The first monolith appears in the beginning of the story, set in prehistoric times. It is discovered by a group of hominids, and somehow triggers a considerable shift in evolution, starting with the ability to use tools.” (read more on Wikipedia)

Written by Cameron Brooks

February 25, 2012 at 8:26 am

4 Moss Terrarium

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Written by Cameron Brooks

February 24, 2012 at 8:07 pm

Tiger’s Eye Terrarium

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Written by Cameron Brooks

February 24, 2012 at 8:03 pm

Cubic Moss Terrarium

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The reflective mica suggests a pool of water.

Written by Cameron Brooks

February 23, 2012 at 8:06 pm

Mini Moss Terrarium

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Written by Cameron Brooks

February 23, 2012 at 7:58 pm

Mica, Moss, Tiny Ghosts, and Ground Lava

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The second batch of terrariums is small but curious.  Bottom-up, the layers include stones from the South Fork River near Watson Mill State Park, activated charcoal (to absorb toxins, filter air and water, and stem the growth of mold/mildew), Pacific Northwest sphagnum moss, soil from the backyard, and Hawaiian black sand. The moss was harvested from rock outcrops near Watson Mill.

According to gastateparks.org, “Watson Mill State Park contains the longest covered bridge in the state, spanning 229 feet across the South Fork River. Built in 1885 by Washington (W.W.) King, son of freed slave and famous covered-bridge builder Horace King, the bridge is supported by a town lattice truss system held firmly together with wooden pins.  At one time, Georgia had more than 200 covered bridges; today, less than 20 remain.”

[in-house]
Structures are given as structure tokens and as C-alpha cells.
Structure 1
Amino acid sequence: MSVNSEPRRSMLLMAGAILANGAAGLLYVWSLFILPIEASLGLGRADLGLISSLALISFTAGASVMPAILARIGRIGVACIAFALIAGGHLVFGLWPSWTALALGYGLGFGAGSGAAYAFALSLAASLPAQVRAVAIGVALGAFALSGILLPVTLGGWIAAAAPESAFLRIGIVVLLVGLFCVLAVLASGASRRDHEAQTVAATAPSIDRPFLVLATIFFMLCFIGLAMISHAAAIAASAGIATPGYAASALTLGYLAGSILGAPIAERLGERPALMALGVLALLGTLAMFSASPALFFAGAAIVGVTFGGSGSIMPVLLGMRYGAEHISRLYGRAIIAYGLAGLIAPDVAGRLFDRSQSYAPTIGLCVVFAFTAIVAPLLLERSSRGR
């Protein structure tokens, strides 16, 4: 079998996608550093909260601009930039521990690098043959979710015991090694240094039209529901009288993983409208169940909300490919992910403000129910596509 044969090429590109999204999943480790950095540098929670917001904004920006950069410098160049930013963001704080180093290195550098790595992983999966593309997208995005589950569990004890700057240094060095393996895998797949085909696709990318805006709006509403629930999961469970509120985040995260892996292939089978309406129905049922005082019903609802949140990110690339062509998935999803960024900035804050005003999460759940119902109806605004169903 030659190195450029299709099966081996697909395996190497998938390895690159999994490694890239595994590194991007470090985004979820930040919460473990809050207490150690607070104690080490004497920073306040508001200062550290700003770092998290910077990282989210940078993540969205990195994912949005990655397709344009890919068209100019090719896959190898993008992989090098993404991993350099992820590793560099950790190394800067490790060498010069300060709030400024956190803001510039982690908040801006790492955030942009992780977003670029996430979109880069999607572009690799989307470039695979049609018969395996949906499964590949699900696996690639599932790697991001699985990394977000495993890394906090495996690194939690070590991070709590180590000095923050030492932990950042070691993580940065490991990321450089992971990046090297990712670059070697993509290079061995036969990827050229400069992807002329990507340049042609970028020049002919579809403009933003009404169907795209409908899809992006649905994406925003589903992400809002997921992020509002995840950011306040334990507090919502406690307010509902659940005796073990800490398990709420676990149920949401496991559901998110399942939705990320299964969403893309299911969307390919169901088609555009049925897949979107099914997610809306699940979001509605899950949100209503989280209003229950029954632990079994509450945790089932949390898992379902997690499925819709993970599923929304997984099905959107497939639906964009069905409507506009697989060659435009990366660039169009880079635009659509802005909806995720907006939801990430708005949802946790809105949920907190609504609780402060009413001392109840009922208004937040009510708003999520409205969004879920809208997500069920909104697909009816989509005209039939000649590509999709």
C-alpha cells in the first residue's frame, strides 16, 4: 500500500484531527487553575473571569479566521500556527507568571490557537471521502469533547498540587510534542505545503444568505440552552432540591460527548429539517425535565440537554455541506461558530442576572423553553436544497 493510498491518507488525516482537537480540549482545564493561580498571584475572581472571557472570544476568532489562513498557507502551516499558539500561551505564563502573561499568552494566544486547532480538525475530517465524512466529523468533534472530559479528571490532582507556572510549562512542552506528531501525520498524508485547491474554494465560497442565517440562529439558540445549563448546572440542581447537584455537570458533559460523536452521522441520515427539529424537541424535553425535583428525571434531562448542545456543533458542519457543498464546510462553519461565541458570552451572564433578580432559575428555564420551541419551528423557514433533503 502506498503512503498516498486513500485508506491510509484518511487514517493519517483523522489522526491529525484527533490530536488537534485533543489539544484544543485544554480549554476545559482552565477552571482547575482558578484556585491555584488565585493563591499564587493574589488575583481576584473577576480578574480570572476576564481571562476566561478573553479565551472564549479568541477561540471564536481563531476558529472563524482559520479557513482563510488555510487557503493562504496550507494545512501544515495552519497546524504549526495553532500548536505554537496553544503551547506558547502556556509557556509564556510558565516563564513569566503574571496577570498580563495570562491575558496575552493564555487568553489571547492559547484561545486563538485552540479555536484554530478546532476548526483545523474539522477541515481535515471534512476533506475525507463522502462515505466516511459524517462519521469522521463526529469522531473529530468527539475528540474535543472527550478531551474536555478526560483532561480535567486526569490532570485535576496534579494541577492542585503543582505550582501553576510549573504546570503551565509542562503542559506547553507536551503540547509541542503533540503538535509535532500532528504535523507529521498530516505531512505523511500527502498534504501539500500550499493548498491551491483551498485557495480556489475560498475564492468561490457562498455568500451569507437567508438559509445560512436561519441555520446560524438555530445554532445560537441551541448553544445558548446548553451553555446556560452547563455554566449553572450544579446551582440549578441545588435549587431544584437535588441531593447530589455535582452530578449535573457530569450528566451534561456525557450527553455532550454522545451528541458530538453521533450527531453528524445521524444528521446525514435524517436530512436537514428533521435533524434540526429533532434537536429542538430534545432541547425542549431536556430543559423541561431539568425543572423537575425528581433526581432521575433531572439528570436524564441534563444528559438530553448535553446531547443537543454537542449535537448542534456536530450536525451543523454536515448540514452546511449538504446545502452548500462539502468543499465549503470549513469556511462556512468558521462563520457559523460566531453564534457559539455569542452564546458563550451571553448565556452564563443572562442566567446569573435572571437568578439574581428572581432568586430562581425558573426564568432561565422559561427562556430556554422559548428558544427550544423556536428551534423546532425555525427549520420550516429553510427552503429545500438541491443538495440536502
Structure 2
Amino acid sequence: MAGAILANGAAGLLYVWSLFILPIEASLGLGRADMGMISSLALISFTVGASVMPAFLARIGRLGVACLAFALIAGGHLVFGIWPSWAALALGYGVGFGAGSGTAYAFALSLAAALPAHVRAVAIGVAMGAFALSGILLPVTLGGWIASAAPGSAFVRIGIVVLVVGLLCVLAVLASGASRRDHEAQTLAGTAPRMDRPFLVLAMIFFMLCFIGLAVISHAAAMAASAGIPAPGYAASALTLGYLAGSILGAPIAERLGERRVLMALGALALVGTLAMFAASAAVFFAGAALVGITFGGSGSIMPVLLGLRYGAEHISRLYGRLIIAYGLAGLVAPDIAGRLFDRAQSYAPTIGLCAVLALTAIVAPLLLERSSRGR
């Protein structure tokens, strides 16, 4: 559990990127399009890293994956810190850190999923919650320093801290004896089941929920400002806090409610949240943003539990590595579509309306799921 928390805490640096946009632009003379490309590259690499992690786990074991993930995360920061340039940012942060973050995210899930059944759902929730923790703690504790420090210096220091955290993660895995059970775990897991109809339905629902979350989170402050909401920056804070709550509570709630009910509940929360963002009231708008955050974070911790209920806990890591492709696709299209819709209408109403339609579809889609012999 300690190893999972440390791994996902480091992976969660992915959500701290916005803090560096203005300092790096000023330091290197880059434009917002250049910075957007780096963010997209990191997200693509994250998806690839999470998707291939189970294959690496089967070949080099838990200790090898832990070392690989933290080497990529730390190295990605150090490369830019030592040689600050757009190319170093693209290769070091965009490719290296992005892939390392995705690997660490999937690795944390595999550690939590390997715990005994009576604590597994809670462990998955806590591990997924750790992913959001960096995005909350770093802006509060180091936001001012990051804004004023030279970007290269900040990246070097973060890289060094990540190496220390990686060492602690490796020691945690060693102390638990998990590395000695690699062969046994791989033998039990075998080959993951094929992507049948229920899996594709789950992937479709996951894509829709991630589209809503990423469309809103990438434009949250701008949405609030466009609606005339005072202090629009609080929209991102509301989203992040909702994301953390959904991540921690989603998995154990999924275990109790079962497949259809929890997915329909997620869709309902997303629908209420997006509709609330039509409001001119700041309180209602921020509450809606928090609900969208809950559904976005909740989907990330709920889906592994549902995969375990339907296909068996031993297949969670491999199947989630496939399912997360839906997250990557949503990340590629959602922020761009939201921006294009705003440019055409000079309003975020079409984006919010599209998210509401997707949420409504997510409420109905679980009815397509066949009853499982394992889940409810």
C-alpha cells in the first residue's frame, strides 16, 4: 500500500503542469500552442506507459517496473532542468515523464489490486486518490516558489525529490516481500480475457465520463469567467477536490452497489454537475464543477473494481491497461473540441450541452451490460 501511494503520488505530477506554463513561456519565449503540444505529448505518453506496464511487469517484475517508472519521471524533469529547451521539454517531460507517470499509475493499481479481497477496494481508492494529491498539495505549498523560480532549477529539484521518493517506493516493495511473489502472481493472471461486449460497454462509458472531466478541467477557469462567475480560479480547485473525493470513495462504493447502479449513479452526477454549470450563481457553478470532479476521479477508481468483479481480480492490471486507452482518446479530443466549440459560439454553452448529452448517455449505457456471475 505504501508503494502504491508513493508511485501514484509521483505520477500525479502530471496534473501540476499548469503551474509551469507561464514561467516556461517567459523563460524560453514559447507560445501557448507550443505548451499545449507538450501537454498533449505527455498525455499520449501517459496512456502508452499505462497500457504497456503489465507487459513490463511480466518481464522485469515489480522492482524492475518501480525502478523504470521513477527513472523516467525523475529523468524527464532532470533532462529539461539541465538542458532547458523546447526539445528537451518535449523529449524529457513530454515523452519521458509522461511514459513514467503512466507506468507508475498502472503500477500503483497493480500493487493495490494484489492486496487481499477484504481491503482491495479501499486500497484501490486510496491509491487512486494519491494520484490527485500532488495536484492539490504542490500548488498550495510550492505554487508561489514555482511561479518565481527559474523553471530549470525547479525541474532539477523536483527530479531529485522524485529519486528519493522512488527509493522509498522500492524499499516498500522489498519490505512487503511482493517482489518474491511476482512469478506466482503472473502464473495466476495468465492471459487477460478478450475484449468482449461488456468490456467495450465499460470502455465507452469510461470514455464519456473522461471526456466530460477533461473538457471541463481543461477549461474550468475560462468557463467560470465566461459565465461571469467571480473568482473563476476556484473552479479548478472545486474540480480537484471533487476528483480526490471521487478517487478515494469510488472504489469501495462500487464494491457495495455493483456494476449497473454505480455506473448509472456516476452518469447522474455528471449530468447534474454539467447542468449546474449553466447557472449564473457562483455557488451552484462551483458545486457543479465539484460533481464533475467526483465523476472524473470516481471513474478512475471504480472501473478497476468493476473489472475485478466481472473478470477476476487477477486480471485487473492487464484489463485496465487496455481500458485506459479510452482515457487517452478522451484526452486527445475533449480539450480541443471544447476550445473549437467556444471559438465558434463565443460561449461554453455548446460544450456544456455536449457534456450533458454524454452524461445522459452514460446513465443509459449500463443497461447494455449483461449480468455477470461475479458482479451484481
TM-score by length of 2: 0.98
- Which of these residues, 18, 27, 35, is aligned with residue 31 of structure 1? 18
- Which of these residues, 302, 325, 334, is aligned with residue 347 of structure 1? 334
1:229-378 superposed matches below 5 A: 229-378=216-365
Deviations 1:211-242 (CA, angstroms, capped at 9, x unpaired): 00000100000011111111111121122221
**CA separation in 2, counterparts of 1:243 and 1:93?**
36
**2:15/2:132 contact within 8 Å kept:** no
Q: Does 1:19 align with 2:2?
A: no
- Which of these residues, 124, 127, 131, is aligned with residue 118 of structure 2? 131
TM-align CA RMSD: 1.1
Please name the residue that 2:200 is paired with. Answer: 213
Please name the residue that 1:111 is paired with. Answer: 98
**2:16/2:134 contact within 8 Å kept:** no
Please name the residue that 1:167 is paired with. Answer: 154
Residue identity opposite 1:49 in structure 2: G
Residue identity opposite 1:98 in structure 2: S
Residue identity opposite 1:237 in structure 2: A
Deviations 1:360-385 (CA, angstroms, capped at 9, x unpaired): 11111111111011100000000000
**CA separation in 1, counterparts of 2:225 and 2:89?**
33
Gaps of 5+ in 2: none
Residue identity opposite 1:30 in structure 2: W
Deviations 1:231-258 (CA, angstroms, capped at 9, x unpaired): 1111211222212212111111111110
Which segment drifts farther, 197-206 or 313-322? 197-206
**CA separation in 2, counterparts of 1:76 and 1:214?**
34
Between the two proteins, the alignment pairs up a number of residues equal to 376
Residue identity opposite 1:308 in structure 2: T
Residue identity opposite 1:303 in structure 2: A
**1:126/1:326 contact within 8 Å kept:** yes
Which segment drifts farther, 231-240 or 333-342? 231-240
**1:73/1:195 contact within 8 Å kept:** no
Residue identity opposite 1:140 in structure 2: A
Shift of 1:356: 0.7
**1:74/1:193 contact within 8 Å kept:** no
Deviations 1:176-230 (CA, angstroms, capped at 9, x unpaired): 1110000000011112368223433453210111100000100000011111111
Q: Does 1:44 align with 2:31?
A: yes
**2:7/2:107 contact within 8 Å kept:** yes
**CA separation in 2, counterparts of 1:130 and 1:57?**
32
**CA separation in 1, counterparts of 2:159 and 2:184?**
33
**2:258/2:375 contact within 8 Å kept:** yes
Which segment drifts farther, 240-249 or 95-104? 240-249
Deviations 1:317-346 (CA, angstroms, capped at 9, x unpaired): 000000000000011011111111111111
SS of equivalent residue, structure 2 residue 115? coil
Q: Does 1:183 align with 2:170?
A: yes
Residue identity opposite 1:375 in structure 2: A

Students love touching the resident succulents in the window, so there’s never a shortage of ghost and jade bits sprouting desperate stolons seeking water.

The shard of mica was pulled from a red clay hillside in Winterville.

Written by Cameron Brooks

February 11, 2012 at 5:02 pm

Moss Terrariums

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This first go at moss terrariums follows a tutorial by a Brooklyn based terrarium store.  Inspired, I hiked along a stretch of railroad that runs through Whitehall Forest, harvesting verdant rugs, small chunks of pink and greyscale granite,  and parched epiphytic aliens.

The simple tutorial fails to include instructions and tips for anyone interested in creating lasting enclosed microenvironments.  After a week, the apothecary terrarium above is growing a white, moldy beard from the sphagnum layer.  While troubleshooting, I discovered some comprehensive websites dedicated to the natural art beyond home decor trends.  These are the best so far:

The Fern and Mossery

The Terrarium Man

The next batch will include a layer of activated charcoal to absorb any toxins, cleanse the water as it travels up and down, and (hopefully) stem mold growth.

Written by Cameron Brooks

February 4, 2012 at 3:22 pm